What is original about the Ares/Orion Lunar landing plan? Well, the Crew and Service Modules are virtual duplicates of the Apollo CSM, enlarged and upgraded

Fig. 10.9 The Lunar Surface Access Module showing the ascent stage lifting off after a surface expedition. The LSAM will carry the entire crew of four to the surface (courtesy NASA)

with better computers, fan-shaped solar panels, and reusable up to ten times. The LSAM (Fig. 10.9) is a beefed-up version of the Apollo LM, with the addition of three more rocket engines in the descent stage, but not refuelable or reusable. The EDS is the equivalent of an enlarged S-IVB, even using the same J-2 engine upgraded to J-2X. The launch escape tower is Apollo-era technology, and the SRBs are borrowed from the Space Shuttle, lengthened by one segment. The answer is nothing. Not even the procedures are new. Nothing is being done for the first time. The Apollo program, including the precursor Mercury and Gemini projects, invented almost everything: man in space (women in space had to wait for the Space Shuttle, Valentina Tereshkova notwithstanding), extravehicular activity or "spacewalks," orbital rendezvous and docking, ablative heat shields, splashdown and recovery operations, and landings on the Moon. Project Constellation presents nothing new, not even in-space refueling. This means that as each module runs out of propellant, it becomes a useless hollow hulk, a space derelict. Project Constellation will, however, almost certainly take the first women to the Moon, which is noteworthy.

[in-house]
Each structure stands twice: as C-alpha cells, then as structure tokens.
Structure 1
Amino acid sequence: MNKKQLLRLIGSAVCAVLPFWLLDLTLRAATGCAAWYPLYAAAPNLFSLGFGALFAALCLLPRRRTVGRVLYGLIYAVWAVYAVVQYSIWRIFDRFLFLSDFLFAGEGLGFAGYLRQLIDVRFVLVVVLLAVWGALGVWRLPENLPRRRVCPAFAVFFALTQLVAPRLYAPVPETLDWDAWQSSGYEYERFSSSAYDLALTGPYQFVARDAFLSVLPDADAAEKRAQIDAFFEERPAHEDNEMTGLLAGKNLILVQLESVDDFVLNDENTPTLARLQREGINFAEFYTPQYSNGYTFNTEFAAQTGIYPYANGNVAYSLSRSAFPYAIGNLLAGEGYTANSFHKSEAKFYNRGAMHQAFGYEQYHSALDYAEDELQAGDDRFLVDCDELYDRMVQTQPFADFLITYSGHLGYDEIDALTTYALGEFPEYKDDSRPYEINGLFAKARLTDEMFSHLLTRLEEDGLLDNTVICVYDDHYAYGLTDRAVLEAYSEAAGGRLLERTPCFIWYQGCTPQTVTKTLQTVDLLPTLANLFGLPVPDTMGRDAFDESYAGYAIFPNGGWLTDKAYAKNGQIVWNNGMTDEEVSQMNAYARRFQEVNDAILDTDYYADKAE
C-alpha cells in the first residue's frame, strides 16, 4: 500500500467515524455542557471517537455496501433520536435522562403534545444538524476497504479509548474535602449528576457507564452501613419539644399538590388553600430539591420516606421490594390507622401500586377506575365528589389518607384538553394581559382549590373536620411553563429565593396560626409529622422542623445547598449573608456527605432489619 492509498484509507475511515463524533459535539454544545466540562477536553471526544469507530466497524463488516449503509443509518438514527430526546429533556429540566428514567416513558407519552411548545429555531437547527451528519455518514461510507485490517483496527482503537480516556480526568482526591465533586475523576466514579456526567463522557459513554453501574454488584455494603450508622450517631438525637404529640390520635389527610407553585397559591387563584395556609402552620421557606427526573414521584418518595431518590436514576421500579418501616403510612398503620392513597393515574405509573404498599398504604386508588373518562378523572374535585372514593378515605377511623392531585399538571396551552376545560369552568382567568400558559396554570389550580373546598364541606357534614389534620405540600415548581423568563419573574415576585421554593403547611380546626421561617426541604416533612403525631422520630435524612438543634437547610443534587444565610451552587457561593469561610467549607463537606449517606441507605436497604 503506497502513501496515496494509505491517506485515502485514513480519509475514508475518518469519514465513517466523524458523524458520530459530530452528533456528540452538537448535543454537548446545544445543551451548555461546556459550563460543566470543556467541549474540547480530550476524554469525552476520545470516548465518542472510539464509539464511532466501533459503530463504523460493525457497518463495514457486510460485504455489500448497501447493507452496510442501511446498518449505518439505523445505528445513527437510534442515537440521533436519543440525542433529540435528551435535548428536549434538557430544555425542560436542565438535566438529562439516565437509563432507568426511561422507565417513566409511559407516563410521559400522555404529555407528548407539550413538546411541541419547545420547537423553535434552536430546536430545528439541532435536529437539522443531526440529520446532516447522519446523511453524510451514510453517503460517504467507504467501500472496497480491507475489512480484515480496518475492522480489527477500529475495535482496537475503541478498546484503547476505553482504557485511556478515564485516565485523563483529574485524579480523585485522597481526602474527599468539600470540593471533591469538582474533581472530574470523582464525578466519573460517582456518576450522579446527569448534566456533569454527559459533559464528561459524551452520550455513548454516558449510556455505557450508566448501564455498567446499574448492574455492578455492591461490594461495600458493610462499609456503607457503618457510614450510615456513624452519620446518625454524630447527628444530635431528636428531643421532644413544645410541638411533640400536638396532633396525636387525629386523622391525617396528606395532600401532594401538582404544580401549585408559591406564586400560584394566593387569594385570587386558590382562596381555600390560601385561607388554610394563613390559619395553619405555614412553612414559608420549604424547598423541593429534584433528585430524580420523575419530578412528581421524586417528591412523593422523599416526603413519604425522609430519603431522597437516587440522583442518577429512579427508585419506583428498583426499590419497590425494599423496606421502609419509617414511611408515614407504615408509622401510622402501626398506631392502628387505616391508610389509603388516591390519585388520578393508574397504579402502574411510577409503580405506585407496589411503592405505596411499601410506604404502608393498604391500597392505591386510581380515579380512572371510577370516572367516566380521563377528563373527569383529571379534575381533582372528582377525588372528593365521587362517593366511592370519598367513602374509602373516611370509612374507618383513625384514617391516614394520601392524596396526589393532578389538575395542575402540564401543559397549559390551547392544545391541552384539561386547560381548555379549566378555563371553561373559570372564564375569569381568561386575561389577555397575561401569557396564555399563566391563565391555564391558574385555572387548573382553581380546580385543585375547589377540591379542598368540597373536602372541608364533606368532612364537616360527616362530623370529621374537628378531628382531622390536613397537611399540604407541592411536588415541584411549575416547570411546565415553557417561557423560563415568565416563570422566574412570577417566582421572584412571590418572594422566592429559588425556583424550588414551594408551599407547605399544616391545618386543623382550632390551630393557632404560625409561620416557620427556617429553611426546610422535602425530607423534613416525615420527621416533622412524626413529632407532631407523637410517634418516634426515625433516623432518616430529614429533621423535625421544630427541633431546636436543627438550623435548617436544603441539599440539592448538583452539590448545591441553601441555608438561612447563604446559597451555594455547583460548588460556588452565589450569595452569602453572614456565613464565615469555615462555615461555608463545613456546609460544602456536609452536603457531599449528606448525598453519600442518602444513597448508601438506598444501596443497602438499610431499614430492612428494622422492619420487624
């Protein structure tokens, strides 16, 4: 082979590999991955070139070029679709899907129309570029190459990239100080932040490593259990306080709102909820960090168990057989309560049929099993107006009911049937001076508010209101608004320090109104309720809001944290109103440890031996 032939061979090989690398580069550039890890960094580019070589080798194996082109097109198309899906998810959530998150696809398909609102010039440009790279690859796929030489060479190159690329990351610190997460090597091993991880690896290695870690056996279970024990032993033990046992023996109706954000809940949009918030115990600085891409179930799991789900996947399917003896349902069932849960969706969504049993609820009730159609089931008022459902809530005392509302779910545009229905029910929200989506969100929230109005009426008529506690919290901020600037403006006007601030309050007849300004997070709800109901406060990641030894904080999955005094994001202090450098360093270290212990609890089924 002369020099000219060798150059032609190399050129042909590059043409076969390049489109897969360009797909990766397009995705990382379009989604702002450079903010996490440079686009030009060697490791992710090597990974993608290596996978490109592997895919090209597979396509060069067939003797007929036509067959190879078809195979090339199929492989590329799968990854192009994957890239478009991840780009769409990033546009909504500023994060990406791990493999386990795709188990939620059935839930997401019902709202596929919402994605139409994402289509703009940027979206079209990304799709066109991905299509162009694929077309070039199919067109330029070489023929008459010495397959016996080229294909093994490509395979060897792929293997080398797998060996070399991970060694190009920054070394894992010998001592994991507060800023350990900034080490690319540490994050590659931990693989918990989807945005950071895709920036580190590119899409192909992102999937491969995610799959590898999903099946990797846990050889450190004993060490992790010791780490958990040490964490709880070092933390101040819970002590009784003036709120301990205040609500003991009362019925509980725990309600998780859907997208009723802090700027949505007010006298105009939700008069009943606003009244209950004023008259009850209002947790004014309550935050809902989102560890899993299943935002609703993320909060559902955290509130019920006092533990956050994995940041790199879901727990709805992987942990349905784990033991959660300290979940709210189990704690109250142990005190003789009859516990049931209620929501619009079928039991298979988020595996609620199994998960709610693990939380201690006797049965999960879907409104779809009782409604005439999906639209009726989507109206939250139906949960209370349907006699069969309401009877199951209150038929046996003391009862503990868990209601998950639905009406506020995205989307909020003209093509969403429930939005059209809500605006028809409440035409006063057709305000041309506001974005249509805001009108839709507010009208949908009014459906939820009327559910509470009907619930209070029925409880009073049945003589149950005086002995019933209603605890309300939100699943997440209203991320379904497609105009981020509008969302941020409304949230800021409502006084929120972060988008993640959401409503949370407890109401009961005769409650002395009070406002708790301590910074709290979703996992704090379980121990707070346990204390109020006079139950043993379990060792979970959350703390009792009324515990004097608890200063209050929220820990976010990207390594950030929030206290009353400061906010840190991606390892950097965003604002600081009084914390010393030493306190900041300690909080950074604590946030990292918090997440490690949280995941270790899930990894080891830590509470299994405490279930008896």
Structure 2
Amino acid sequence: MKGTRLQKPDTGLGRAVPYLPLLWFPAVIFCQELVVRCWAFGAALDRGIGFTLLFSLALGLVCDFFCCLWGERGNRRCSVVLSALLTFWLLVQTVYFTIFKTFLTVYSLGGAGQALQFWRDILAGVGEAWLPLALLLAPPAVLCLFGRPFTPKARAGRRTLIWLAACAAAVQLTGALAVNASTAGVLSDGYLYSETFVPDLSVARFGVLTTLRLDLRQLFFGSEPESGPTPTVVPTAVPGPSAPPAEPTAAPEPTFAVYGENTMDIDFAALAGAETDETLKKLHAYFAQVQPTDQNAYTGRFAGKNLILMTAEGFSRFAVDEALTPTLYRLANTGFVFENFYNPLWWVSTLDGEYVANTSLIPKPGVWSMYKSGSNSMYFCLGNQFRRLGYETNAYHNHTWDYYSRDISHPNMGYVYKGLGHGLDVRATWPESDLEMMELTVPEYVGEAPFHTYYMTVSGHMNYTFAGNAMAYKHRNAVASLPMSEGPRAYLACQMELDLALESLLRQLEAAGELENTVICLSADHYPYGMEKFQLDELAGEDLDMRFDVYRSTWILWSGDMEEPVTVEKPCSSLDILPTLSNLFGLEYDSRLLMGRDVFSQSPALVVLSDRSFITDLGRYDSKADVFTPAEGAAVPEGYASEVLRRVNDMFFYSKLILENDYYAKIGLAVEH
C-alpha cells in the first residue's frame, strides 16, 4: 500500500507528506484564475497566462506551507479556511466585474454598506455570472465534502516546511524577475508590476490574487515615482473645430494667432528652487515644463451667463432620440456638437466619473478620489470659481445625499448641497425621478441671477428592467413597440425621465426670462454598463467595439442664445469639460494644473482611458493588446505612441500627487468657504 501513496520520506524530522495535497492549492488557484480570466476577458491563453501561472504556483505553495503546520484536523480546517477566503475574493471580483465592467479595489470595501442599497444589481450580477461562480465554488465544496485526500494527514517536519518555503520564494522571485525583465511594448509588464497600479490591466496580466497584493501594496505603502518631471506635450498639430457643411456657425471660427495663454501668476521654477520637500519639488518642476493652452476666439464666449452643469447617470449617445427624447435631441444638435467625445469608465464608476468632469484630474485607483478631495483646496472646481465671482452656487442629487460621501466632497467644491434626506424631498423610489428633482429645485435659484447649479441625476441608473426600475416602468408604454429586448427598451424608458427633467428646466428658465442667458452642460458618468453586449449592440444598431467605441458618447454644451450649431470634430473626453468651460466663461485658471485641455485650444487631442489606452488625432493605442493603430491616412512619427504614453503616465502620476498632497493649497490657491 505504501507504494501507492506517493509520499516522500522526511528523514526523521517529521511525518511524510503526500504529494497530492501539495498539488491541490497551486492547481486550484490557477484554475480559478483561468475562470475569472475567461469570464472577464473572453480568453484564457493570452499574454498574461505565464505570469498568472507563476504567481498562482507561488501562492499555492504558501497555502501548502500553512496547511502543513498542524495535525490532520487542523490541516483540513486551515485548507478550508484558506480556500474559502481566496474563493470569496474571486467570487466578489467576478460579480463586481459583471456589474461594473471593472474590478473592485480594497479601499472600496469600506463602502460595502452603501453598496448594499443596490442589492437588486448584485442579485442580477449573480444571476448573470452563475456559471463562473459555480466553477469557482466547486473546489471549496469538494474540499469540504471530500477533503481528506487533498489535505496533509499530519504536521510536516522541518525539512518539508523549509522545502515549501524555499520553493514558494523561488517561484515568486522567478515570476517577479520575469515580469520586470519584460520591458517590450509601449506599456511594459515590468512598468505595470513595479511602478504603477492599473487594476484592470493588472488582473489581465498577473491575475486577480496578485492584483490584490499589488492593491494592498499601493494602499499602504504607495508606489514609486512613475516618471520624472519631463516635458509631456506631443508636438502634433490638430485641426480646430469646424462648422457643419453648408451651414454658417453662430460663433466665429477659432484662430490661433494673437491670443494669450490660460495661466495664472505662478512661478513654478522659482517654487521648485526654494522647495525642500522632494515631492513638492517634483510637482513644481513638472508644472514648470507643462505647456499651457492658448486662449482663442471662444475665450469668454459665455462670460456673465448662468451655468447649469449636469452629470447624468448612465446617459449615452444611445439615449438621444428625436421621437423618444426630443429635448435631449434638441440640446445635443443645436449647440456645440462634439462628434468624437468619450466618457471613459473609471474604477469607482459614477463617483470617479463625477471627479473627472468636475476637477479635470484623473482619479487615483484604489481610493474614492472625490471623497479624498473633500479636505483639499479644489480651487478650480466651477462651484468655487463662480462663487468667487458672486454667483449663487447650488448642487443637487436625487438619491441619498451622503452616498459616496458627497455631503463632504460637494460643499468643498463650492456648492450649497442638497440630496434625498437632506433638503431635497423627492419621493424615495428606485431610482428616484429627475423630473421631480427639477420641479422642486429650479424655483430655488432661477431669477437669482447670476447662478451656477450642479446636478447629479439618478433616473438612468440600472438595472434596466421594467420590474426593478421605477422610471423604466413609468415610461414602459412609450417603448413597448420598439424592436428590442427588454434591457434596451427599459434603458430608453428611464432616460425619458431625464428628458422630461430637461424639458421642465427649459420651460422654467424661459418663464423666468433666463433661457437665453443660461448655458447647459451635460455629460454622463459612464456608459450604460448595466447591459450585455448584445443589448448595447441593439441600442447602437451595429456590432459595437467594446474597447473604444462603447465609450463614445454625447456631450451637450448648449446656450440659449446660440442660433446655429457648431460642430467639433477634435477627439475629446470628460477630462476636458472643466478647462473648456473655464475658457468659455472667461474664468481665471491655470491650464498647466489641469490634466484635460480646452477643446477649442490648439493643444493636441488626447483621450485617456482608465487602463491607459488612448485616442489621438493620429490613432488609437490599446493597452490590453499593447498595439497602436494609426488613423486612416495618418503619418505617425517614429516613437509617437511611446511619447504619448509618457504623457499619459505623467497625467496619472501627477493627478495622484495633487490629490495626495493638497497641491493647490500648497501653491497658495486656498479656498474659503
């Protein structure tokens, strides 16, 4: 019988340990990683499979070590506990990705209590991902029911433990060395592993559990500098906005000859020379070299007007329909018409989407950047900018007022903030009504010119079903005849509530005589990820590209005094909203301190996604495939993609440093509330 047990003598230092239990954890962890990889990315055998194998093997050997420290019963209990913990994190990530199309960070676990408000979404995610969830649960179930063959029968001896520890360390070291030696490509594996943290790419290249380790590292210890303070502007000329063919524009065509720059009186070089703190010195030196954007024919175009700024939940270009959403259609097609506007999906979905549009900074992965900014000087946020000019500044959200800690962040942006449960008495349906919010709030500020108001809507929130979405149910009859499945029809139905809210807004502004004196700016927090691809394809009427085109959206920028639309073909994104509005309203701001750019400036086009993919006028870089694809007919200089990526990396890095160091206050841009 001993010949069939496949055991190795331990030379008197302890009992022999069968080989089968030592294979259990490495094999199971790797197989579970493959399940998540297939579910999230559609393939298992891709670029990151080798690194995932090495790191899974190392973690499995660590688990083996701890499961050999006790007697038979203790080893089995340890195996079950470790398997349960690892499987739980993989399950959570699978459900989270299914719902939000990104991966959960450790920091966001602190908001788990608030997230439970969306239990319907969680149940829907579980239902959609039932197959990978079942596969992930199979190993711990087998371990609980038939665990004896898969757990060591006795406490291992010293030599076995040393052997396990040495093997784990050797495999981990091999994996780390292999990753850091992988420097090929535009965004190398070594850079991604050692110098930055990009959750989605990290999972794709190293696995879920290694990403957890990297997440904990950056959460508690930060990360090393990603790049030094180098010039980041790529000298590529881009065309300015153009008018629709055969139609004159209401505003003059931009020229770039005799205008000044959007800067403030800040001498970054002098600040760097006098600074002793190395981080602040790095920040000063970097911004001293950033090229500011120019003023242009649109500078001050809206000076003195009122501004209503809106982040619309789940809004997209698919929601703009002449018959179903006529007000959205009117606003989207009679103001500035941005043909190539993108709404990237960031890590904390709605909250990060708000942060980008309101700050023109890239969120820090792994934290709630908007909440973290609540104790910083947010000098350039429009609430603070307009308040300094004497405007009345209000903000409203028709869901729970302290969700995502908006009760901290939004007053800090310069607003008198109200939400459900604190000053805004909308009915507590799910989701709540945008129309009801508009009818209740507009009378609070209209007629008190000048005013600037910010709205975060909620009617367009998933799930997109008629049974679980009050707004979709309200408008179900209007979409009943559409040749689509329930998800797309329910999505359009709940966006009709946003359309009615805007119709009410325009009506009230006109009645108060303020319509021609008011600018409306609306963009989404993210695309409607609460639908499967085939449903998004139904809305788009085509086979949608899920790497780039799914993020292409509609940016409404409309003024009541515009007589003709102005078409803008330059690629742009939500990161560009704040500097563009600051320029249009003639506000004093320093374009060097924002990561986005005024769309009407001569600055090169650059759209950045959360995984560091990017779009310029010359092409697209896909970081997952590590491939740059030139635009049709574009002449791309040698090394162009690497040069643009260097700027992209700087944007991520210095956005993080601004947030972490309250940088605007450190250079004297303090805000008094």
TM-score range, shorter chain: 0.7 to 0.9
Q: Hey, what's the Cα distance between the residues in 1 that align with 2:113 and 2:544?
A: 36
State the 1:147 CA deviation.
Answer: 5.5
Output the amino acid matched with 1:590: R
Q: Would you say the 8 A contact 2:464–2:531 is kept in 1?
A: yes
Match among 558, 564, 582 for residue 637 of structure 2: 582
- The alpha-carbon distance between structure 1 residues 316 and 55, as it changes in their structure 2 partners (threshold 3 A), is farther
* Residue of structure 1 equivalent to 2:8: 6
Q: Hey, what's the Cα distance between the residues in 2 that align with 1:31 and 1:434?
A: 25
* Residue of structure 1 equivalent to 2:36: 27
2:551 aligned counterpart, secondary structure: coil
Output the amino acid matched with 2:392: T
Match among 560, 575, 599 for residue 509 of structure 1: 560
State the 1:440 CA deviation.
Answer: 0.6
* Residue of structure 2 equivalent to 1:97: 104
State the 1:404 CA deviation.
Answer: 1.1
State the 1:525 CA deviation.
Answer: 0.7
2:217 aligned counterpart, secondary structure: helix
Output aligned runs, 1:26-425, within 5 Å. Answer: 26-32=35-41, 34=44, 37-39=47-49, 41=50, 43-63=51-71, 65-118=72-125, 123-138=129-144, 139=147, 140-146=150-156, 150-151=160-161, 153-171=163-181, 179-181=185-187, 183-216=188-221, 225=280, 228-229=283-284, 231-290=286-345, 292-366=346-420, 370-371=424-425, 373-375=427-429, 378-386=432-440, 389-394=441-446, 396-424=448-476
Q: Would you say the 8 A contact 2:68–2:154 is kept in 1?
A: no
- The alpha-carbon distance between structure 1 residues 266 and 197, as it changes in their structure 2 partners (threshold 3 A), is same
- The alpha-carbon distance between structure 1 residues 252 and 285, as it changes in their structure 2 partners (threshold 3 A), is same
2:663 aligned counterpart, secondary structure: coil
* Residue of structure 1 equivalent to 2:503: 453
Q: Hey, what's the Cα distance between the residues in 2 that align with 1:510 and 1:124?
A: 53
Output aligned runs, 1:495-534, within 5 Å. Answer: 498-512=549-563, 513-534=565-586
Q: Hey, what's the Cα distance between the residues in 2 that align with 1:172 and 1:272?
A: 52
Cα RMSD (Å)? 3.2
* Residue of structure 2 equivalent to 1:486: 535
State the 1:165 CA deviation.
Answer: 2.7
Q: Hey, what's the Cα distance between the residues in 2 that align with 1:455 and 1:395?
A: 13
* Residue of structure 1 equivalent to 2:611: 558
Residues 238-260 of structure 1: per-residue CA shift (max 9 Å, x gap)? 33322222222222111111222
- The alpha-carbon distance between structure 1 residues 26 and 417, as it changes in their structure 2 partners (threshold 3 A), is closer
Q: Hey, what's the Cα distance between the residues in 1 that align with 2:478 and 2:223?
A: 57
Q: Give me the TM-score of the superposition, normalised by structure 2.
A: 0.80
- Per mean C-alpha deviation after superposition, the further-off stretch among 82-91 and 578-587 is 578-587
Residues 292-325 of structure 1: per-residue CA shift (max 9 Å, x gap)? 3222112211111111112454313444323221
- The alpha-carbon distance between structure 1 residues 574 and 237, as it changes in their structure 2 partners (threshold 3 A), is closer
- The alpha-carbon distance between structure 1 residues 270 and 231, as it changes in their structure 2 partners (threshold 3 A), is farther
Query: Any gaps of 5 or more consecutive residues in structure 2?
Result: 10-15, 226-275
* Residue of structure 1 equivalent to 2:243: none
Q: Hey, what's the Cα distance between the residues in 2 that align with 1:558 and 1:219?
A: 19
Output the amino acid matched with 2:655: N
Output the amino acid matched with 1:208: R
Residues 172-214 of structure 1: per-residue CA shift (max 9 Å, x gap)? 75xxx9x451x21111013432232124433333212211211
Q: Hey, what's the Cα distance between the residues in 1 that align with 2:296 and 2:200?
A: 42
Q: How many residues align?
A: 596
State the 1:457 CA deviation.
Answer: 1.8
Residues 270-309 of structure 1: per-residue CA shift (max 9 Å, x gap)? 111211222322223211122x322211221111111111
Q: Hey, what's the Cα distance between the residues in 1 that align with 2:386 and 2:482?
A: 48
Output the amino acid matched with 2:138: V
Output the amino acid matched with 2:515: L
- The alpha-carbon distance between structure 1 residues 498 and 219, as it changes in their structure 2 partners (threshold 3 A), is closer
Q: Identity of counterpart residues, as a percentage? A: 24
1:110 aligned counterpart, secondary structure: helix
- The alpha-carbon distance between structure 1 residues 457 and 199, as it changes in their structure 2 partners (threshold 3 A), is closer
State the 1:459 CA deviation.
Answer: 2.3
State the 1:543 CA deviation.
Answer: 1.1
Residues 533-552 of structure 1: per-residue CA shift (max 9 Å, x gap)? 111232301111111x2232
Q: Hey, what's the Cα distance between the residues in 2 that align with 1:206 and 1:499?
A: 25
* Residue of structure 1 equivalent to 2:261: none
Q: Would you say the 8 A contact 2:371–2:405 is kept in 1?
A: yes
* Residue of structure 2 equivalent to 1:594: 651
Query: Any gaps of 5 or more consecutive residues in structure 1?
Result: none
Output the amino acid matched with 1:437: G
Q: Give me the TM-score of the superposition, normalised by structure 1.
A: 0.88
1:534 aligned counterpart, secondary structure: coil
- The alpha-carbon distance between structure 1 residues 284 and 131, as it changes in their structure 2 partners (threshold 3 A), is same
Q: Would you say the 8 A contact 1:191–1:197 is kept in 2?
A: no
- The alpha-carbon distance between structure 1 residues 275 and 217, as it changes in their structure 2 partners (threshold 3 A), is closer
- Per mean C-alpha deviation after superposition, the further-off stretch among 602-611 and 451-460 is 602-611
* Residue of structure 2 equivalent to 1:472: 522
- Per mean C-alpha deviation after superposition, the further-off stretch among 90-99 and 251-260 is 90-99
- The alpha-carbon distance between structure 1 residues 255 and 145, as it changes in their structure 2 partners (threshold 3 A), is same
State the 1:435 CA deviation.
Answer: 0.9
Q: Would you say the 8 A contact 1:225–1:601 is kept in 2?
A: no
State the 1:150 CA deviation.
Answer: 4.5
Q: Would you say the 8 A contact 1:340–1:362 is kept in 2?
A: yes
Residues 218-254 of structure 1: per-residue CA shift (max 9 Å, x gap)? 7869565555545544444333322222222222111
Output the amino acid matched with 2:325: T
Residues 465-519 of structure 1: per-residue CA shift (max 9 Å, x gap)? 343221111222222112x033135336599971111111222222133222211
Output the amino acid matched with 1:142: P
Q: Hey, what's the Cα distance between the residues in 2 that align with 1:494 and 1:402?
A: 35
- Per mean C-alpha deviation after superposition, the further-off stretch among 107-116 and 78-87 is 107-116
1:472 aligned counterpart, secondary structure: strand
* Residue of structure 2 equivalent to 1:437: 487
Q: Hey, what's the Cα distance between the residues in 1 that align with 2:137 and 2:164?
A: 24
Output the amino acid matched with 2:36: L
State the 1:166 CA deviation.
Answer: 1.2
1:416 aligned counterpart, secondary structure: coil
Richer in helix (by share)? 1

The only components of Project Constellation that are planned to be reusable are the solid rocket boosters and the Orion Crew Module (Figs. 10.10 and 10.11) . Compared to Apollo, this is laudable. The Ares/Orion spaceflight concept will be much safer and simpler than the Shuttle. If anything unfortunate happens during liftoff, the launch abort system (Apollo had a launch escape system, same thing) will activate and accelerate the crew capsule safely away from a malfunctioning booster. Also, with Orion perched at the top of the stack, the danger from falling debris has been eliminated. But it is still missiles and modules.

Fig. 10.10 The Orion Crew Module, an enlarged and improved version of the Apollo Command Module, is to be used for flights to the International Space Station, the Moon, and even to Mars (courtesy NASA)

Fig. 10.11 The Orion Crew Capsule enters Earth's atmosphere prior to splashdown at sea or "bump-down" on dry land. Either way, large parachutes are required because the return module has no wings (courtesy NASA)